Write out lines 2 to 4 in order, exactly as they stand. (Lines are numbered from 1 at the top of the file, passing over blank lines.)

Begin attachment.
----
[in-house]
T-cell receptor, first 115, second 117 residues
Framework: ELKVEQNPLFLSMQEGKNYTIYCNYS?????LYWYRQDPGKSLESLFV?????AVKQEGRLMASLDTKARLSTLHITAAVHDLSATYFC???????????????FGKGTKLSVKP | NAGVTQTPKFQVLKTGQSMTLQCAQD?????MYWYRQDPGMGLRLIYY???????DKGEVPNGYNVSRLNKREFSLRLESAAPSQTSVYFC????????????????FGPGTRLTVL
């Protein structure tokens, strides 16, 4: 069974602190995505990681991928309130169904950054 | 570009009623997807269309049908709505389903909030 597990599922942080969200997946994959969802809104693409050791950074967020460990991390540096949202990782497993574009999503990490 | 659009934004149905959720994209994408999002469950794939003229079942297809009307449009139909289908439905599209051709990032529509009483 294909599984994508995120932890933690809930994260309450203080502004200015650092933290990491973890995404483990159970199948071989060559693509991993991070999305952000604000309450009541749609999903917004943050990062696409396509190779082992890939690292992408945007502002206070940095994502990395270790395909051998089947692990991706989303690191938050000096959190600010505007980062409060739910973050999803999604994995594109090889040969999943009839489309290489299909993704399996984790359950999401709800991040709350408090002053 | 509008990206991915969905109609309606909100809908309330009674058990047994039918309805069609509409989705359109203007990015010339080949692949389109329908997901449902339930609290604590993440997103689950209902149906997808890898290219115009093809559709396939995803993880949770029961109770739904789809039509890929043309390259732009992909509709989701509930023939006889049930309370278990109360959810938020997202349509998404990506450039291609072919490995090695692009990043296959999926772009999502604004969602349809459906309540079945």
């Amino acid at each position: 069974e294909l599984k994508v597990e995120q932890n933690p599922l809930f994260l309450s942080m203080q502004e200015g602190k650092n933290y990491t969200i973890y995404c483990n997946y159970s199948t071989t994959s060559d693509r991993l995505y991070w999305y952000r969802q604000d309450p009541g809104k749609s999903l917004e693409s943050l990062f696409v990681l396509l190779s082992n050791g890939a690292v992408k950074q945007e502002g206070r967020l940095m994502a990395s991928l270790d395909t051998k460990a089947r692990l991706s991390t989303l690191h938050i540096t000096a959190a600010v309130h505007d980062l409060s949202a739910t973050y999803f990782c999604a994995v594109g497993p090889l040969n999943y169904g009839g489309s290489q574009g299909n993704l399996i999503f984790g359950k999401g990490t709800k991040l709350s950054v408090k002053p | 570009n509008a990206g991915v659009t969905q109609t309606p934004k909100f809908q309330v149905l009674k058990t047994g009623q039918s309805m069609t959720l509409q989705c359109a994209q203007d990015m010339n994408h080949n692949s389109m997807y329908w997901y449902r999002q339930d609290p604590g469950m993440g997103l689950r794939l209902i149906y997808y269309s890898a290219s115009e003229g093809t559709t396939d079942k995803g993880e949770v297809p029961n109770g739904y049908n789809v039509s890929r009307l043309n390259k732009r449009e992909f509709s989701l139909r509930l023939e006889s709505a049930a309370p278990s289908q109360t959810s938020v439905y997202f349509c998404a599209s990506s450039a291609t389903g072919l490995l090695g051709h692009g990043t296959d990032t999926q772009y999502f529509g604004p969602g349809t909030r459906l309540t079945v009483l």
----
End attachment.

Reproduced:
T-cell receptor, first 115, second 117 residues
Framework: ELKVEQNPLFLSMQEGKNYTIYCNYS?????LYWYRQDPGKSLESLFV?????AVKQEGRLMASLDTKARLSTLHITAAVHDLSATYFC???????????????FGKGTKLSVKP | NAGVTQTPKFQVLKTGQSMTLQCAQD?????MYWYRQDPGMGLRLIYY???????DKGEVPNGYNVSRLNKREFSLRLESAAPSQTSVYFC????????????????FGPGTRLTVL
């Protein structure tokens, strides 16, 4: 069974602190995505990681991928309130169904950054 | 570009009623997807269309049908709505389903909030 597990599922942080969200997946994959969802809104693409050791950074967020460990991390540096949202990782497993574009999503990490 | 659009934004149905959720994209994408999002469950794939003229079942297809009307449009139909289908439905599209051709990032529509009483 294909599984994508995120932890933690809930994260309450203080502004200015650092933290990491973890995404483990159970199948071989060559693509991993991070999305952000604000309450009541749609999903917004943050990062696409396509190779082992890939690292992408945007502002206070940095994502990395270790395909051998089947692990991706989303690191938050000096959190600010505007980062409060739910973050999803999604994995594109090889040969999943009839489309290489299909993704399996984790359950999401709800991040709350408090002053 | 509008990206991915969905109609309606909100809908309330009674058990047994039918309805069609509409989705359109203007990015010339080949692949389109329908997901449902339930609290604590993440997103689950209902149906997808890898290219115009093809559709396939995803993880949770029961109770739904789809039509890929043309390259732009992909509709989701509930023939006889049930309370278990109360959810938020997202349509998404990506450039291609072919490995090695692009990043296959999926772009999502604004969602349809459906309540079945």